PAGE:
Reasons for Expansion



In tracing the various motivating forces underlying expansion, the first possibility to be considered is that of organisation and planning leading to the economies of large-scale enterprise. Other possibilities followed up are mergers, for the purpose of establishing greater control over the sources of raw materials and markets, or for gaining the advantages of diversification, or simply to eliminate competition. The evolution of the industrial leviathans is then considered. The chapter concludes with a brief comment on the desirability of a favourable economic environment.


Capital Market Small Firm Large Firm Business Finance Technical Economy 
These keywords were added by machine and not by the authors. This process is experimental and the keywords may be updated as the learning algorithm improves.


Unable to display preview. Download preview PDF.

Unable to display preview. Download preview PDF.

Further Reading

  1. G. C. Allen, Economic Fact and Fantasy (Institute of Economic Affairs 1967).Google Scholar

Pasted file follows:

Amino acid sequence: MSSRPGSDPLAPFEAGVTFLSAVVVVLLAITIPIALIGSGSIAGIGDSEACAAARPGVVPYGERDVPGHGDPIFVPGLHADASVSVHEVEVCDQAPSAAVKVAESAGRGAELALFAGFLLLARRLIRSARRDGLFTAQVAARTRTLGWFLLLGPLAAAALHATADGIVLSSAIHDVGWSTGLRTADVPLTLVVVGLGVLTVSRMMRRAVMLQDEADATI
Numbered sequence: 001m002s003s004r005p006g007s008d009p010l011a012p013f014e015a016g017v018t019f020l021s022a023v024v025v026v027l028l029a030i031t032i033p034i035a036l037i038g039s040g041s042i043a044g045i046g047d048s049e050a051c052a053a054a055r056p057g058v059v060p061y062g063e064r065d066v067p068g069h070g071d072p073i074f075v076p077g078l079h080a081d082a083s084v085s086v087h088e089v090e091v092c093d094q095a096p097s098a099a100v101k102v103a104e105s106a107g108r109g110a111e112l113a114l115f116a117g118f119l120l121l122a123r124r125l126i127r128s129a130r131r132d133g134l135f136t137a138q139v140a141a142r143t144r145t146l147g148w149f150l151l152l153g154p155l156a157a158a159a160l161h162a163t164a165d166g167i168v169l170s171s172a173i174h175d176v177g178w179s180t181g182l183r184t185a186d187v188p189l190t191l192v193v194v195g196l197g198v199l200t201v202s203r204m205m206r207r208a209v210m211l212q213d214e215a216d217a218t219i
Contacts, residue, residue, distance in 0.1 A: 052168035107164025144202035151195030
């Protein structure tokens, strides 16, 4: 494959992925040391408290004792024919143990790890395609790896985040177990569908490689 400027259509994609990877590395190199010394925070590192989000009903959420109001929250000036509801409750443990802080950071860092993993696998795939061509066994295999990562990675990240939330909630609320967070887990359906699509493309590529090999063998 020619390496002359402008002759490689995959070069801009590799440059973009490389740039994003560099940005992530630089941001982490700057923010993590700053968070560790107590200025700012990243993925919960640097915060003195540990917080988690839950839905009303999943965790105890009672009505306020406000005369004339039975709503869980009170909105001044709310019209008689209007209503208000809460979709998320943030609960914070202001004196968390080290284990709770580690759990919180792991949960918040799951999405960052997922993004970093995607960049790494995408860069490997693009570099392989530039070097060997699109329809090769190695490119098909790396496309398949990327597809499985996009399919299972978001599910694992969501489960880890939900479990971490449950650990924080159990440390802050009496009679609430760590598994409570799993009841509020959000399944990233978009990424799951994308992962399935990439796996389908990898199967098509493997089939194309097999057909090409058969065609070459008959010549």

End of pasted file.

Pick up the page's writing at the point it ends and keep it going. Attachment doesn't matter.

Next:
2. Arthur Beacham, Economics of Industrial Organisation, ed. L. J. Williams (Pitman 1962) ch. iii.Google Scholar
  3. P. S. Florence, Ownership, Control and Success of Large Companies (Sweet & Maxwell 1961).Google Scholar
  4. J. K. Galbraith, The New Industrial State (Hamish Hamilton 1967). The 1966 Reith Lectures.Google Scholar
  5. Harry Miller, The Way of Enterprise, Institute of Economic Affairs (Andre Deutsch 1963).Google Scholar
  6. R. W. Moon, Business Mergers and Take-Over Bids (Gee 1960).Google Scholar
  7. B. Tew and R. F. Henderson, Studies in Company Finance, National Institute of Economic & Social Research (Cambridge University Press 1959).Google Scholar
  8. Sir Thomas Robson, ‘Business Size and National Economic Growth’, Accountancy (Feb 1967).Google Scholar

Copyright information

© K. Midgley and R. G. Burns 1969

Authors and Affiliations

There are no affiliations available

Personalised recommendations